Oddly, and in contrast to my colleagues, there’ll be relatively little reading happening for me this summer. Largely because the summer recess that I do get (i.e. August) will be spent writing. Consequently, most of my summer reading has already been done. And very illuminating it has been, I must say.
Research for my next book has necessitated delving into a number of subject areas that I was previously unfamiliar with, one of which over the past couple of months has been the Vietnam War. Specifically, the so-called ‘Village War’, i.e. the vast US backed pacification campaign mounted throughout South Vietnam from the early 60’s in an effort to weaken and dislocate Communist influence in that country. And it has to be said that my eyes have been opened to one of the most interesting campaigns I could possibly imagine. Even though still a relative newcomer to the war, it’s become obvious to me that this should be a compulsory field of study for anyone interested in the fundamental complexity of engineering satisfactory political outcomes at distance through the medium of military power. And the pacification campaign, in and of itself, has revealed such a panoply of theories, assumptions, judgements and practices that consistently crumpled in the face of the unrealistic expectations underpinning their employment in Vietnam that it makes one genuinely wonder why any US policymaker or academic contemplating similar escapades in Iraq and Afghanistan could possibly have thought they could get away with it.
First up in gaining a sort of bird’s eye appreciation of the pacification campaign was Gregory Daddis’ Westmoreland’s War; Reasessing American Strategy in Vietnam (OUP, 2017), who does an excellent job of situating it within the broader narrative of the Vietnam war as a whole. From there, briefly, to Douglas Porch’s Counterinsurgency: Exposing the Myths of the New Way of War (CUP 2013), specifically his chapter on Vietnam, in which he assaults Pacification’s theoretical credentials as a sophisticated civil-military effort characterised by largely non-violent political, social and economic initiatives. Openly dismissive in its assessment of the intellectual coherence underpinning the US pacification strategy, it still provides a coherent assessment of precisely why this was the case. Lastly there was Nils Gilman’s Mandarins of the Future; Modernization Theory in Cold War America, (Johns Hopkins University Press 2004), an interesting and highly relevant dissection of the theoretical foundations for the entire COIN/Pacification effort in Vietnam.
Digging down into the subject of pacification in detail, then, brings us to five superb pieces of work which have done much to shape my understanding of the ebb and flow of the US/GVN campaign 1964-1972. The first of these is Daddis’s second work on my list, No Sure Victory: Measuring US Army effectiveness and Progress in the Vietnam War (OUP, 2011), which is a broader assessment of the difficulty of measuring effect/success in irregular warfare, and which does a superb job in highlighting many of the inherent problems facing US policymakers, commanders and civilian advisers as they sought to craft a suitably multifaceted pacification effort in response to the North’s exceptionally skilled social/political/military campaign against the government of South Vietnam. From there to Richard J. Hunt’s Pacification: The American Struggle for Vietnam’s Hearts and Minds (Westview, 1995), a hugely detailed account of the village war, certainly, but one which sheds much light on the complex interaction between pacification and wider, strategic evolutions of the war during that period between Tet 1968 and the North’s spring offensive of spring 1972 in particular. A leap now to Eric Bergerud’s superb account of pacification in action in The Dynamics of Defeat: The Vietnam war in Hau Nhgia Province (Westview 1993) in which he gives a superb operational history of the combined civil-military attempt to quell communist insurrection in that single province during the period 1965-1967. And then a similarly detailed inspection of a rival effort by the Australian Army in Thomas Richardson’s Destroy and Build: Pacification in Phuoc Tuy 1966-72 (CUP, 2017) in which, similar to Bergerud’s worm’s eye view of events from the perspective of a single area of operations, and thus the day-to-day problems faced by outsiders in trying to help engineer some sort of meaningful relationship between a rural Vietnamese population and their own (largely despised) government. The last on the list is Martin Clemis’ The Control War; The Struggle for South Vietnam 1968-1975 (University of Oklahoma Press, 2018), a hugely thoughtful and highly intellectual deconstruction of pacification from the perspective of its interaction not only with matters of policy and strategy and the campaign against communist infiltration, but also of its implementation set against the highly reactive social and environmental context of rural South Vietnam.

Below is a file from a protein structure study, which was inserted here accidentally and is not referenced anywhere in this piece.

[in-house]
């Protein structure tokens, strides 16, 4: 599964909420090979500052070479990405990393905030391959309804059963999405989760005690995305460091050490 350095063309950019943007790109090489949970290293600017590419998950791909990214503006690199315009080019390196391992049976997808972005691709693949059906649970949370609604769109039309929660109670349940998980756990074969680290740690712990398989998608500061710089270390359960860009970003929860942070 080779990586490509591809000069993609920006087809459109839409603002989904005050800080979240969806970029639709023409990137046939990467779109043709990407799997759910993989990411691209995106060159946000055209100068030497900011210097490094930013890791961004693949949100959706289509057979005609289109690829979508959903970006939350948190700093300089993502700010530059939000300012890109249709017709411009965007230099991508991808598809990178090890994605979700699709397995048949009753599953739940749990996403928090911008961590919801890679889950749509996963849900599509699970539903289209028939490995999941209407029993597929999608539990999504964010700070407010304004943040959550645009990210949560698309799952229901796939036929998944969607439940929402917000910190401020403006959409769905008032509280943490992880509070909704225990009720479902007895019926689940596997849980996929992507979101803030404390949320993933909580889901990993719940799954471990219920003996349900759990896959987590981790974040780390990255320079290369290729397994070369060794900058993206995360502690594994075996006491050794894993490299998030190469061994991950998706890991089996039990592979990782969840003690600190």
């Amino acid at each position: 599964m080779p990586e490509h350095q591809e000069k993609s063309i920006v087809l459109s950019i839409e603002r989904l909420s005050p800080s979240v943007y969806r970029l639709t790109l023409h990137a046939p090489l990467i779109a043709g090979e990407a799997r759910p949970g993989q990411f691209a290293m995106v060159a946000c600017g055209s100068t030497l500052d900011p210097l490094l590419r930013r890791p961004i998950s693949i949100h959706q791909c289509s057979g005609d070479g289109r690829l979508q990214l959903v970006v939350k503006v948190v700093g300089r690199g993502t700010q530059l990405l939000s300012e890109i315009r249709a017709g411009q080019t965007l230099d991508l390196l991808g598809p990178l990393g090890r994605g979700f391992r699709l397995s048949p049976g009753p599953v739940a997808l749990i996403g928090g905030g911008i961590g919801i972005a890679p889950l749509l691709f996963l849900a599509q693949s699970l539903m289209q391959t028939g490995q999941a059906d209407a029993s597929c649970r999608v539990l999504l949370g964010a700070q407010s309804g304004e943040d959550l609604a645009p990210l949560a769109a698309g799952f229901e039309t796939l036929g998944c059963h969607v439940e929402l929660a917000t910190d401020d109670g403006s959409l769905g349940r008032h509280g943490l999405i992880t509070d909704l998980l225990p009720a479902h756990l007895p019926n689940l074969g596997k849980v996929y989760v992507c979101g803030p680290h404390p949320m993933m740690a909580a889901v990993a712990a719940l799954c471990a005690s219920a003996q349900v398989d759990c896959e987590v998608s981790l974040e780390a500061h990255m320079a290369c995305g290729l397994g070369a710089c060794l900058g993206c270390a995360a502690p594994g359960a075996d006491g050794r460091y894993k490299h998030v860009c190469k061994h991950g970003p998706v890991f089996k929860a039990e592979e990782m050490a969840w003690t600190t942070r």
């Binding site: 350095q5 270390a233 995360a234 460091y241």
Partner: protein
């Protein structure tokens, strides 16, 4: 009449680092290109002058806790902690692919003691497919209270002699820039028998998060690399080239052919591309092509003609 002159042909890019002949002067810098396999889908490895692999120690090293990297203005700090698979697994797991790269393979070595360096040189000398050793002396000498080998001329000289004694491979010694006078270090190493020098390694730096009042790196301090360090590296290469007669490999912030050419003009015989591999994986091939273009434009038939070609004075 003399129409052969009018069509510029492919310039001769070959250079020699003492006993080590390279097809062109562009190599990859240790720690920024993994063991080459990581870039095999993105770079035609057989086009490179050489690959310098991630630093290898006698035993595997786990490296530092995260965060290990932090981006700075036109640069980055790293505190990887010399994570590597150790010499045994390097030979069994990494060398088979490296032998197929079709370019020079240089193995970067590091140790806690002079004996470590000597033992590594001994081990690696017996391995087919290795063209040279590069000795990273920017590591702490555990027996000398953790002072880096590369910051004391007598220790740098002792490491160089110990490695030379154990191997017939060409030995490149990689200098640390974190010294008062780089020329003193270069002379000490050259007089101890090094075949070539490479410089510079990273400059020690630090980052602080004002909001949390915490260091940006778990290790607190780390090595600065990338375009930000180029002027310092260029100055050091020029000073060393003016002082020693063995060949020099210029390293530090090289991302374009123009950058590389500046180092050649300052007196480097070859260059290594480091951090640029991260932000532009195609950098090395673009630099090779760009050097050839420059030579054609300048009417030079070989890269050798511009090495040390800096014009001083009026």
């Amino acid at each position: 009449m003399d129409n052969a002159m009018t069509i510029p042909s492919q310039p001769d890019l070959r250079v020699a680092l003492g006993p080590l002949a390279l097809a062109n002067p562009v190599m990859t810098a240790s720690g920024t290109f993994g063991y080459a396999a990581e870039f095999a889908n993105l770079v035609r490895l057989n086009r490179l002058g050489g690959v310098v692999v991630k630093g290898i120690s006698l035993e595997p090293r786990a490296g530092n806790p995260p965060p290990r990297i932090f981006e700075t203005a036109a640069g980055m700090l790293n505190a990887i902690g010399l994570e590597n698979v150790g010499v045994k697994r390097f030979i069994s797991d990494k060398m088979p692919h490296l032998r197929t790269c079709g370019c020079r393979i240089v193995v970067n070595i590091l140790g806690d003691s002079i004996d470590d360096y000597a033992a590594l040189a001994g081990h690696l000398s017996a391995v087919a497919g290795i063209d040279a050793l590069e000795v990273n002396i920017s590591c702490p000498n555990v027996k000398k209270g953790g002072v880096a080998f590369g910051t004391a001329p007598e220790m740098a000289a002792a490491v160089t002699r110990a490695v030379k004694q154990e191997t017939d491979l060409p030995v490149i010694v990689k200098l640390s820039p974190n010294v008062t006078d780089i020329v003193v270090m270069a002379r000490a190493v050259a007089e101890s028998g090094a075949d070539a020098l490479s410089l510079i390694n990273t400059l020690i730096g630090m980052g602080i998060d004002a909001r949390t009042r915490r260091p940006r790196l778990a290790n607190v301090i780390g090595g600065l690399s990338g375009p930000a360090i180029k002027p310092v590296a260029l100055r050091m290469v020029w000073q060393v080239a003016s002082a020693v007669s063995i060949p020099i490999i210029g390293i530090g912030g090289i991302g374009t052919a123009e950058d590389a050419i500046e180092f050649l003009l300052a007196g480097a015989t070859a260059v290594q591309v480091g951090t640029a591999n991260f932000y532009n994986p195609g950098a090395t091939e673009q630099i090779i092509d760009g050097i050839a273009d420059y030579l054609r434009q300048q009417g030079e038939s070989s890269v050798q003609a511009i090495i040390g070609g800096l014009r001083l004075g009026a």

All in all a profitable few weeks. Can’t believe I haven’t got to grips with the Vietnam war in any meaningful sense before this. And it has simply reinforced that which I already knew. Namely that if an academic isn’t writing and researching, it’s unlikely that they’re thinking and learning. I’d like to compare us to sharks in that respect, in the sense of always needing to move to stay alive. But I suppose until I find an overweight, absent-minded shark with leather elbow patches, I’ll have to lay off the comparisons.
Image: U.S. Army soldiers on patrol in rice paddies outside of a rural Vietnamese village, during the Vietnam War, via Wikimedia.